cover image Charles Darwin: Victorian Mythmaker

Charles Darwin: Victorian Mythmaker

A.N. Wilson. Harper, $32.50 (448p) ISBN 978-0-06-243349-7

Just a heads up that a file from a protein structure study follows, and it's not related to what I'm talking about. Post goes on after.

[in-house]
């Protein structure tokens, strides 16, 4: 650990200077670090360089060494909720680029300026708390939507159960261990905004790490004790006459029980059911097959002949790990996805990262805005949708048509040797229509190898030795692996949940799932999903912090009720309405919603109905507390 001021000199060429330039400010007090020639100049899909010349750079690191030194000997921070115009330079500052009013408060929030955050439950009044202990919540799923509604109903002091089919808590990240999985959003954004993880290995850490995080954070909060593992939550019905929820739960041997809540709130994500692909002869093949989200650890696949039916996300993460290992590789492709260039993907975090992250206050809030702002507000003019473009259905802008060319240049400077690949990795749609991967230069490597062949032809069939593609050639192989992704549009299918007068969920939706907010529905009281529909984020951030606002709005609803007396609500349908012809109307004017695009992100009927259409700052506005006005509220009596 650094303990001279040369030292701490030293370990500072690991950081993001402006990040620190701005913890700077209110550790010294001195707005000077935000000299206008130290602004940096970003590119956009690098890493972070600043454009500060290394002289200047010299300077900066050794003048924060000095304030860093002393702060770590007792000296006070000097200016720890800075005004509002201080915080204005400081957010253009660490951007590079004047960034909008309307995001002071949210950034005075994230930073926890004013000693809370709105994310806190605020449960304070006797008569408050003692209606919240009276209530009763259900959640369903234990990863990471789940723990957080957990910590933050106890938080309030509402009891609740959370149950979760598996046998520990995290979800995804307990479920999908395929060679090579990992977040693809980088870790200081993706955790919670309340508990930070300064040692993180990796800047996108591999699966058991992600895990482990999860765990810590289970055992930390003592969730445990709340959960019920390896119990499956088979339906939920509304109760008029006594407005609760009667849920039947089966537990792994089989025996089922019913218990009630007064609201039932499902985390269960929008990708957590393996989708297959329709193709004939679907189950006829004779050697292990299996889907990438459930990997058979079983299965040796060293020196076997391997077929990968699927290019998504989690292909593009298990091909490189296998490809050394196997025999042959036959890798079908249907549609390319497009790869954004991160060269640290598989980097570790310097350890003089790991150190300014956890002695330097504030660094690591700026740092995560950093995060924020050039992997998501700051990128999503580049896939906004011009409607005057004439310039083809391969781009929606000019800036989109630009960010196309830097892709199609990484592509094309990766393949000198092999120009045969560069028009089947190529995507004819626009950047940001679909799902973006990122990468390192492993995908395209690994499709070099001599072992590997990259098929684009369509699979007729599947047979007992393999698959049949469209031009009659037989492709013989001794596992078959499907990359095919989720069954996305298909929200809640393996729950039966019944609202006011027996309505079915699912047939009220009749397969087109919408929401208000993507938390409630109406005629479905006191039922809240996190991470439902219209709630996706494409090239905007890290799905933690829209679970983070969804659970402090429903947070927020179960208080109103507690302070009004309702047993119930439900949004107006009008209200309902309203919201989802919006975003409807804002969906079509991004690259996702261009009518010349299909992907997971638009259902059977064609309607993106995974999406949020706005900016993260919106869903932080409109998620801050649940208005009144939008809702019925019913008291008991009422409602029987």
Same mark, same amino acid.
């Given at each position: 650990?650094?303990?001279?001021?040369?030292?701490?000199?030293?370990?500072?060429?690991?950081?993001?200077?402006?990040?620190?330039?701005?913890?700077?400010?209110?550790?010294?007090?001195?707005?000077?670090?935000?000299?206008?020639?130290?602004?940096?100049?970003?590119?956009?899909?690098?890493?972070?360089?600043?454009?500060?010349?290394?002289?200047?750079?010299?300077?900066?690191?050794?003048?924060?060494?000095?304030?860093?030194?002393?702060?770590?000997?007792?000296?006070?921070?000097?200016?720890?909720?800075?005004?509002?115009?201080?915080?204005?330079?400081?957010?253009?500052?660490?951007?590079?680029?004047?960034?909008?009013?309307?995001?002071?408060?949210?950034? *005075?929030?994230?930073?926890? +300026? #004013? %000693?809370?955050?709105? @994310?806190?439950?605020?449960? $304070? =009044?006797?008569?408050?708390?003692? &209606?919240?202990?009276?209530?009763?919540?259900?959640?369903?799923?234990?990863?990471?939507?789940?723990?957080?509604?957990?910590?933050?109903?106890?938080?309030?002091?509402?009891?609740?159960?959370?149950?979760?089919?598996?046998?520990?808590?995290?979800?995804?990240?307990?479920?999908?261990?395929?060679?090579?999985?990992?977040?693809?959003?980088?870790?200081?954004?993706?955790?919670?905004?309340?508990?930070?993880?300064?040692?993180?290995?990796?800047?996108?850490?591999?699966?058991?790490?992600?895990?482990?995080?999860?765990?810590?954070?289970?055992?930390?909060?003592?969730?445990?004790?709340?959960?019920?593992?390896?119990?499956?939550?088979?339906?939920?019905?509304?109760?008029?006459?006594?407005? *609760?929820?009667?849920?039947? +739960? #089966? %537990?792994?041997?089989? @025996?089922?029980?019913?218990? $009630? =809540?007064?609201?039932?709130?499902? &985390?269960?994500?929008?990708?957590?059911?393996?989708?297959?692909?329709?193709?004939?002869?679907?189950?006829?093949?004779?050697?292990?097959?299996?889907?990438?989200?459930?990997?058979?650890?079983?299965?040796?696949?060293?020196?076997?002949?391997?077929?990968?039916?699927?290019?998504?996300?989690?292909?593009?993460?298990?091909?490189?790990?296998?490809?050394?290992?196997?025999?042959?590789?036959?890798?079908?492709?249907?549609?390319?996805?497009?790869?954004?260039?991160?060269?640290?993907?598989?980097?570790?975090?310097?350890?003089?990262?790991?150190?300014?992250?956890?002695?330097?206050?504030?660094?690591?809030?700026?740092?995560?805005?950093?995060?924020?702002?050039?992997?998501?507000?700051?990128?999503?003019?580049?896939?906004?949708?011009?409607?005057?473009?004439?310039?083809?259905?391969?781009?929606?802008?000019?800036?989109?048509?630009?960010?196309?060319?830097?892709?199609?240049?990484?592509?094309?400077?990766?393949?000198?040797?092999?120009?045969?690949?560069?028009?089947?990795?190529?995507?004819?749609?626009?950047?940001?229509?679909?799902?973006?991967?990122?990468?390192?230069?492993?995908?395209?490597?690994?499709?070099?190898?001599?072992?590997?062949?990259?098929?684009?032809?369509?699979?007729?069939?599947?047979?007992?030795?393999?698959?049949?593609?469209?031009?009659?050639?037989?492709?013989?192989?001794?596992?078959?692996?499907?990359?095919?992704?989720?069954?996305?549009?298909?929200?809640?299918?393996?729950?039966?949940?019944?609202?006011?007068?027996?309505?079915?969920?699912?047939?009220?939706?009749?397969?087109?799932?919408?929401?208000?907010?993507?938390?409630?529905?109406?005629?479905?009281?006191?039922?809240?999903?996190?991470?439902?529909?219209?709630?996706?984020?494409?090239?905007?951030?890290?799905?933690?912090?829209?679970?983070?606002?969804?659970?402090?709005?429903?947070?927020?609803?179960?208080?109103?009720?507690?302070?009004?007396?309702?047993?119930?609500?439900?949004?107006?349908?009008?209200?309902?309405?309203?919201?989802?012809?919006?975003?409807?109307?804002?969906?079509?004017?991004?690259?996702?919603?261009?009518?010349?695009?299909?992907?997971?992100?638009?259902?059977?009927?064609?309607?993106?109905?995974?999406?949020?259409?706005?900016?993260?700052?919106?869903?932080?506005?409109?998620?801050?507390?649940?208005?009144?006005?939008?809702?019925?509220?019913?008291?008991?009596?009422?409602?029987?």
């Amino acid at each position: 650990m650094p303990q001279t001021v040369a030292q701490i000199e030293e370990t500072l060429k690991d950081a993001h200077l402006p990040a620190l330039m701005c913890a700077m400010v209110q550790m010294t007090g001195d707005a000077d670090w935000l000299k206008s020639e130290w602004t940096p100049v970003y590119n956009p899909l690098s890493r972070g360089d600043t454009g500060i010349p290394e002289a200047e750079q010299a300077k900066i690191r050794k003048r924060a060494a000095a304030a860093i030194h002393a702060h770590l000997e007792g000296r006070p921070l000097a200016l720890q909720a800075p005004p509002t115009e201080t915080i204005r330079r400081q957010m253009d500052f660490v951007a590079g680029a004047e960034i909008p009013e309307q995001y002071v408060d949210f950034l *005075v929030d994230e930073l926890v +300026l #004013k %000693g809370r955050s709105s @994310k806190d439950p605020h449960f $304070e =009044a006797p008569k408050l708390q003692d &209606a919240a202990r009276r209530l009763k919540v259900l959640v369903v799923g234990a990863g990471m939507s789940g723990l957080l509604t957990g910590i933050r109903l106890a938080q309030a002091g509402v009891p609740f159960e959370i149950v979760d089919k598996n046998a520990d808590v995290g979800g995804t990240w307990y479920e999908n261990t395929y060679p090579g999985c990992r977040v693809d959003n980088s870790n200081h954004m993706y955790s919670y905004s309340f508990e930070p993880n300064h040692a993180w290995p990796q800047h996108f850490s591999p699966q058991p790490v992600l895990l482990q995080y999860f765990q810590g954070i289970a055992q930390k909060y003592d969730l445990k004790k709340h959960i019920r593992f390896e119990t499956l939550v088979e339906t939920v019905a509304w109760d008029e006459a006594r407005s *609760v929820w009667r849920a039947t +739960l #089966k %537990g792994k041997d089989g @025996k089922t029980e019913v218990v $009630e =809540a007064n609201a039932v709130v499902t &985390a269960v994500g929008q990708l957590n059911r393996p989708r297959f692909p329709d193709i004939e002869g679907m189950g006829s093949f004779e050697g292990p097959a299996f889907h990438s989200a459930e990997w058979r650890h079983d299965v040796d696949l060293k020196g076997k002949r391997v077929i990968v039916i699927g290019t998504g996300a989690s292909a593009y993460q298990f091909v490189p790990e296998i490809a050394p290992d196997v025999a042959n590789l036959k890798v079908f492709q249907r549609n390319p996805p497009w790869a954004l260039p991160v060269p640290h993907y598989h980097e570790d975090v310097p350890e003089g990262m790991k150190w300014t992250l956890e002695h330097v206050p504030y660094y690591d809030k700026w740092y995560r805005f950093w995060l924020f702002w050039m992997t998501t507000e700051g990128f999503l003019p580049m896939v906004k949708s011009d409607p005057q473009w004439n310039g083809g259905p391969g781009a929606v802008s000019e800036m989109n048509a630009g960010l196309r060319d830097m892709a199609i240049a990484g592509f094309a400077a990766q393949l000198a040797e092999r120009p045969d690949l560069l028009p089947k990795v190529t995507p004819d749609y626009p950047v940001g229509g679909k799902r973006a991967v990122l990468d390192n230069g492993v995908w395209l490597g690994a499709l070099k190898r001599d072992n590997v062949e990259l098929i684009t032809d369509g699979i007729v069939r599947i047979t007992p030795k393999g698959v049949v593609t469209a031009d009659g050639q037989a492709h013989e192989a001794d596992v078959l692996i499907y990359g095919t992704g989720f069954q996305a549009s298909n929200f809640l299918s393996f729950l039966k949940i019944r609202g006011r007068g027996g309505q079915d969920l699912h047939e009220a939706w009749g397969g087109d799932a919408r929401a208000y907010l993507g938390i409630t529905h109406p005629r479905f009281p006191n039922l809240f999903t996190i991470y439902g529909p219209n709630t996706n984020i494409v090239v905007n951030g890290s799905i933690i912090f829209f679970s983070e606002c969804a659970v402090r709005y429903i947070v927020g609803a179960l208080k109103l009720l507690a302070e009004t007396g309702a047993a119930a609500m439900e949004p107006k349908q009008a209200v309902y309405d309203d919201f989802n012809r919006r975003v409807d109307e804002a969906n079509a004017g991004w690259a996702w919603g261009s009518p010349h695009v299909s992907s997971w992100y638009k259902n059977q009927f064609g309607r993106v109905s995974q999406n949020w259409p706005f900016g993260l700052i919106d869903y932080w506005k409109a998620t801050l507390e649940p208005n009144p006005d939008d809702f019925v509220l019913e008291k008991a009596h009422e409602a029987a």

British biographer and novelist Wilson (The Victorians) makes two important claims as he opens this iconoclastic biography: “Darwin was wrong” and “I am not a scientist.” Though Wilson works hard to prove Darwin wrong, his lack of science background and factual errors derail his main thesis. Wilson draws heavily on Michael Denton’s 1985 book, Evolution: A Theory in Crisis, but omits that this creationist text has been widely debunked. Wilson also makes some shocking claims that would surprise virtually all active biologists: “Mendel’s theory [of heredity],” he writes,” is really lethal to Darwinism,” and molecular genetics was “able to demonstrate the inadequacy of Darwinism as an explanation for the evolutionary process.” Other assertions are so inaccurate that they can’t be attributed to his lack of a science background. For example, Wilson concludes that a 1954 paper by Australian zoologists supports Lamarck’s theory of evolution when the actual paper explicitly states otherwise. Wilson describes Darwin as unwilling to acknowledge his predecessors, yet Darwin did exactly this in the American edition of On the Origin of Species. Darwin is portrayed as a hypochondriac filled with a “towering ambition” who deserved to become “the hero of pigeon-fanciers” rather than the “torch-bearer of the modern branches of life-sciences.” The book’s many errors make it hard to take seriously. Agent: Anna Stein, Aitken Alexander Associates. (Dec.)